This blog is a user's perspective on the Micro Four Thirds camera system. Read more ...

Lens Buyer's Guide. Panasonic GH4 review.

My lens reviews: Olympus 9mm f/8 fisheye, Lumix G 12-32mm f/3.5-5.6, Leica 25mm f/1.4, Lumix X 12-35mm f/2.8, Lumix X 35-100mm f/2.8, Sigma 30mm f/2.8, Sigma 19mm f/2.8, Lumix X PZ 14-42mm f/3.5-5.6, Lumix X PZ 45-175mm f/4-5.6, Olympus M.Zuiko 45mm f/1.8, Panasonic Lumix G 100-300mm f/4-5.6, Panasonic Leica Lumix DG Macro-Elmarit 45mm f/2.8 1:1 Macro, Panasonic Lumix G 45-200mm f/4-5.6, Panasonic Lumix G 20mm f/1.7 pancake, Panasonic Lumix G 14mm f/2.5 pancake, Panasonic Lumix G HD 14-140mm f/4-5.8, Panasonic Lumix G HD 14-140mm f/3.5-5.6, Panasonic Lumix G 8mm f/3.5 fisheye, Lumix G 7-14mm f/4, Samyang 7.5mm f/3.5 fisheye, Tokina 300mm f/6.3 mirror reflex tele, Lensbaby 5.8mm f/3.5 circular fisheye lens
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Thursday 19 September 2013

Fireworks video recording with the GH3 and Samyang 7.5mm fisheye

I've previously used the Panasonic GH2 for recording fireworks, and found that at the maximum video ISO 3200, I still needed to set a very slow shutter speed of around 1/10s to get sufficient exposure. The Panasonic GH3 supports video recording at ISO 6400. When using the Samyang/Rokinon 7.5mm f/3.5 fisheye lens wide open, I can use a shutter speed of 1/25s, and get a normal PAL 25fps framerate.

Here is the video I made, more information about how it was done follows below:

Unfortunately, there was a ship partially blocking my view, but I don't think it matters that much.

When recording the video on the GH3, I used the Creative Movie Mode, accessible with the "M" and film camera symbol on the mode dial:

For the best control, I used the manual exposure mode, which you can get by pressing the exposure mode button on the top left side of the touch LCD panel. It can be set to P, A, S and M, and M gives the most manual control possibility, where you set the shutter speed, aperture and ISO manually. With a manual, non-electronic lens Samyang/Rokinon 7.5mm, you always set the apeture manually, of course.

I then set the focus to infinity on the fisheye lens, set the aperture to f/3.5, and set 1/25s shutter speed on the camera, as well as ISO 6400. If you have an NTSC camera, you can use 1/30s, that works well too. In the Creative Movie Mode, you start and stop the video recording by pressing the shutter release button.

To make the fireworks more lively and interesting, I decided to double the speed of the video. One issue I found was the sound: I use the free software Kdenlive to edit videos. It does not support changing the tempo of the sound, so I had to use another program for editing the sound portion. This is quite easy, I just opened the MOV video file in the free program Audacity, and changed the tempo there. 100% tempo change means twice as fast:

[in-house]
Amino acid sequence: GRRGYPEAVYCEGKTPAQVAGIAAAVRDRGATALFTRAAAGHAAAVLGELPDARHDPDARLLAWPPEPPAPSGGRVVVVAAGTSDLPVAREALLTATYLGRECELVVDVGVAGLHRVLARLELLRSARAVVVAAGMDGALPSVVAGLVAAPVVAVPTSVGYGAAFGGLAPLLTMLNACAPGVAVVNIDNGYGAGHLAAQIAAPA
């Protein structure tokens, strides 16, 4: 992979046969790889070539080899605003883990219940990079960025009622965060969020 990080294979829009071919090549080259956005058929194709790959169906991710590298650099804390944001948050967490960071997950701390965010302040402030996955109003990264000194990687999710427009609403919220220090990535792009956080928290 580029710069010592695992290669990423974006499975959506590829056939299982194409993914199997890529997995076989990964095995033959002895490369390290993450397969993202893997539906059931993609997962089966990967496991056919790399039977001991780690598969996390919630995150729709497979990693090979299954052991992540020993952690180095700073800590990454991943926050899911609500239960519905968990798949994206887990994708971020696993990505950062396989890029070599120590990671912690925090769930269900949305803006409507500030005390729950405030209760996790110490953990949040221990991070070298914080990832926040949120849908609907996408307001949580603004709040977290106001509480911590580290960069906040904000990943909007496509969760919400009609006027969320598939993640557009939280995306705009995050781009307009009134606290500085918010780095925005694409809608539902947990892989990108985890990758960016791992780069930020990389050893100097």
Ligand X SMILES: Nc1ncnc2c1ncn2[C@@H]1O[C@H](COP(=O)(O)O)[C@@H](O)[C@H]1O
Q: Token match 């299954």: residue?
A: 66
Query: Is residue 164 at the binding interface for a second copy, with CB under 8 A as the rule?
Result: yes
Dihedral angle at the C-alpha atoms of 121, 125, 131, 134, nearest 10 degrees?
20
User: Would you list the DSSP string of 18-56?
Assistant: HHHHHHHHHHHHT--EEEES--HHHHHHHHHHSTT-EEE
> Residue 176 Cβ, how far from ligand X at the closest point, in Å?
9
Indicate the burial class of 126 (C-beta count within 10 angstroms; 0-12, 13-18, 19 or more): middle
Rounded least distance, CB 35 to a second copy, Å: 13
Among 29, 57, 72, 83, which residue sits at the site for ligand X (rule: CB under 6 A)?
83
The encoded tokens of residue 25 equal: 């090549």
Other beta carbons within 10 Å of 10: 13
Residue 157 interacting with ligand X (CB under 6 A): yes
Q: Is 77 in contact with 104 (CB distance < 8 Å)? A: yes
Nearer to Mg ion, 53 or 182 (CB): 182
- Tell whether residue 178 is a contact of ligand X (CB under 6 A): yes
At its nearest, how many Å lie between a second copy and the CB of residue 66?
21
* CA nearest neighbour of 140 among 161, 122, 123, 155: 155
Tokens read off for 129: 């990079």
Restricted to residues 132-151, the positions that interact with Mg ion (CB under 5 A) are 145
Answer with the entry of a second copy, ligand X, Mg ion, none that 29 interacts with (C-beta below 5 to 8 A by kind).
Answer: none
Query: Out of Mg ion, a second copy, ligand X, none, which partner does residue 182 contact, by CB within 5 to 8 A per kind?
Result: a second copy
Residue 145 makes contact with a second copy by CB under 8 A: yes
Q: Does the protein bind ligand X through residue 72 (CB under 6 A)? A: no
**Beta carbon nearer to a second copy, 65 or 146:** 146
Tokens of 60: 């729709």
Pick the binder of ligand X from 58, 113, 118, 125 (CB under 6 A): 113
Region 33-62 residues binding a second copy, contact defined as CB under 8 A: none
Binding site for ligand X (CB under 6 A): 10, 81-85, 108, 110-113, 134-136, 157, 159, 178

Changing the tempo of the sound means that the pitch (frequency) remains the same, but the speed increases. So the audio sounds natural, even if it is at twice the normal speed.

Once the tempo had been changed, I could save the audio as WAV signed 16 bit PCM for easy use with other programs. So I added both the movie file and the new audio file to a project in Kdenlive, and then rendered the video at 100% speed increase. To get 100% speed increase in Kdenlive, I need to set the speed to 200%, a different principle from the audio editor Auduacity. And that's it!

The addition of ISO6400 on the Panasonic GH3 opens up for more creative possibilities. And the video quality is surprisingly good at ISO 6400. At least as long as you don't use the ETC mode, in which the quality falls apart at higher ISO.

The Creative Movie Mode is unique to the high end Micro Four Thirds cameras, and is very useful for better control of exposure parameters during video recording. Other cameras generally just have the red video button, which starts up video recording while the camera sets the exposure parameters automatically. So achieving a 180 degree shutter can be very difficult with the lower end cameras.

This is one of the unique selling arguments of the GH3 camera, it adds mode manual control possibilities. It is also one of the few cameras that can record video at a slow shutter speed, useful for low light/low movement applications.

Unlike the predecessor Panasonic G5, the Panasonic G6 does support manually setting the video exposure parameters. This is the first non-GH camera from Panasonic which does this, and this is a very good development. The G6 also has a nice Leica R9 style design, which looks good.


  1. I read almost all your entries and while they are very much appreciated, I don't offer my comments (I use Sony SLTs). However your tips on taking videos of fireworks is very much useful to me and I just waant to say thank you for this, as well as for all of your other blog entries that I enjoy reading!

    1. Thanks for your comment! I understand that Samyang also produces their fisheye for Sony Alpha, and that may be an interesting lens for you. I don't know if it is equally good as the Samyang fisheye lens for Micro Four Thirds, though, which I think is fantastic.

  2. We filmed this firework in Venice this summer with 2 GH2 (driftwood sedna) and 2 voigtlander 17.5 F0.95 at 160iso:

    1. That is so impressive! I think it is fantastic that you can record fireworks at ISO 160. The very fast lenses must be fun to use, adding a lot of creative potential.